There's lots of contradictory polling floating around today, so let's try to unpack some of it. We'll begin with the 'battleground' numbers teased in the headline:
President Obama remains marginally ahead of Mitt Romney in a new national CNN/ORC International poll released on Monday, although Romney leads Obama in the 15 states identified by the network as battleground states. Obama leads Romney nationally, 49 percent to 46 percent, with 4 percent of those surveyed saying they would vote for another candidate or neither candidate. That is inside the poll's margin of error, and it is identical to the 49 percent to 46 percent lead Obama had in the previous poll, conducted in late May...However, in the 15 states CNN calls its battleground states — Arizona, Colorado, Florida, Indiana, Iowa, Michigan, Missouri, Nevada, New Hampshire, New Mexico, North Carolina, Ohio, Pennsylvania, Virginia, and Wisconsin — Romney leads Obama, 51 percent to 43 percent. Notably, though, the CNN/ORC International group includes three states thought to be comfortably in the Romney column this cycle: Arizona, Indiana, and Missouri.
So Obama's ahead by three points nationwide, but trails by eight points in 15 key states? How does that work? I suppose it's possible that Obama is running up the score in places like California, New York and Illinois, while purple states are slanting heavily toward his Republican opponent. It's also conceivable that Romney's leads in Arizona, Indiana and Missouri are so overwhelming that they're contributing to the misleading appearance of a robust edge in the other states. Then again, shouldn't Obama's "blue wall" of Pennsylvania, Wisconsin and Michigan tug the data in the opposite direction? It's also worth noting that CNN's swing state results are also the polar opposite of NBC's recent numbers in a dozen of these same states, which showed Obama leading by eight points, 50-42. That was six days ago. Back to today's CNN poll: Its internals show Obama with a seven-point lead over Romney on the question of healthcare. But...Newsweek's new poll shows exactly the reverse, with Romney ahead by eight on the matter, and Obama's general approval rating on healthcare underwater by fully 21 points (37/58). Meanwhile, Gallup's daily tracker has Obama ahead by five points among registered voters overall -- his best showing in months. But Rasmussen's tracker has Romney pulling back ahead by two points nationwide, even as Republicans' lead on the generic Congressional ballot has narrowed to a single point. This is why polling can be absolutely maddening, and not especially useful at times.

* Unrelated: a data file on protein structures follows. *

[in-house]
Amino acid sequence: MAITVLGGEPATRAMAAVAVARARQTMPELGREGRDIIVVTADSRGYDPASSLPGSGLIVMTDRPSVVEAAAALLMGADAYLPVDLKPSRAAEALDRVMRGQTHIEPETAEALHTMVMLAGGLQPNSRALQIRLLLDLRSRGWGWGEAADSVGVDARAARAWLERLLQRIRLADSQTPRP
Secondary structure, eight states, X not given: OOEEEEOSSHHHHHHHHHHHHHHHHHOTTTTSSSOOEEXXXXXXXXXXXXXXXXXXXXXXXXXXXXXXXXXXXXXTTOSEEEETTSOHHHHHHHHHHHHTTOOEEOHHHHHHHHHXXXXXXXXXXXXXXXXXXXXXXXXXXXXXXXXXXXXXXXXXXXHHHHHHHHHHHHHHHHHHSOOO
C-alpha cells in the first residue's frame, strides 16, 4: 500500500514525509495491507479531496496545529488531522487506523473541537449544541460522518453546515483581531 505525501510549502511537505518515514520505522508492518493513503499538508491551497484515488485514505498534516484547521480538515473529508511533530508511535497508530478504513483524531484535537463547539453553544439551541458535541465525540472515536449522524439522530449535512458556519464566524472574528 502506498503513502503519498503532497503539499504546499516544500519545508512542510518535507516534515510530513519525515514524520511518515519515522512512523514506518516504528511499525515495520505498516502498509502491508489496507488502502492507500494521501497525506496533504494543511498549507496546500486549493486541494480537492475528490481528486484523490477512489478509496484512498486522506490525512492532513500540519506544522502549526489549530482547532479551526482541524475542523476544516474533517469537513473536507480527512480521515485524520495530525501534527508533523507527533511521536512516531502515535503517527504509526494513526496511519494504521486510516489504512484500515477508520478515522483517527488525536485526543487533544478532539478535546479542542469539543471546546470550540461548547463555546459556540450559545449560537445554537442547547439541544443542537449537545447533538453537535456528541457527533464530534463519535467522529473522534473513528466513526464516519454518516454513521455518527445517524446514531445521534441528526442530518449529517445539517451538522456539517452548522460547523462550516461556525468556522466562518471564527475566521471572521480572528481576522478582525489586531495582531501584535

One area where much of the data is fairly stable is on Obamacare. Rasmussen continues to show the enduring double-digit majority in favor of repeal that they've consistently identified for two years running, and Newsweek's poll demonstrates that majorities of voters oppose the mandate tax, believe Obamacare will make healthcare more expensive, and say it will raise taxes. Less than one-fourth of voters say the Supreme Court's decision upholding the law will make America better off. A new poll from The Hill also indicates that voters are heavily predisposed to view Obamacare as a tax, 60 to 39 percent. Who thinks the White House's feeble spin will move those numbers in a positive direction for the president? Not I, especially with conservatives flooding the zone with denunciations of the unpopular Obamacare mandate tax, with corresponding political ads like this:
I'll leave you with a quote from Obama SuperPAC chief Bill Burton calling Mitt Romney a "clown" on -- where else? -- MSNBC: "Is this clown really going to beat President Obama?" (Follow the link for video). Depending on what poll you're looking at, the answer could very well be 'yes.' It's also apparent that Burton has been taking civility tips from his most infamous seven-figure donor.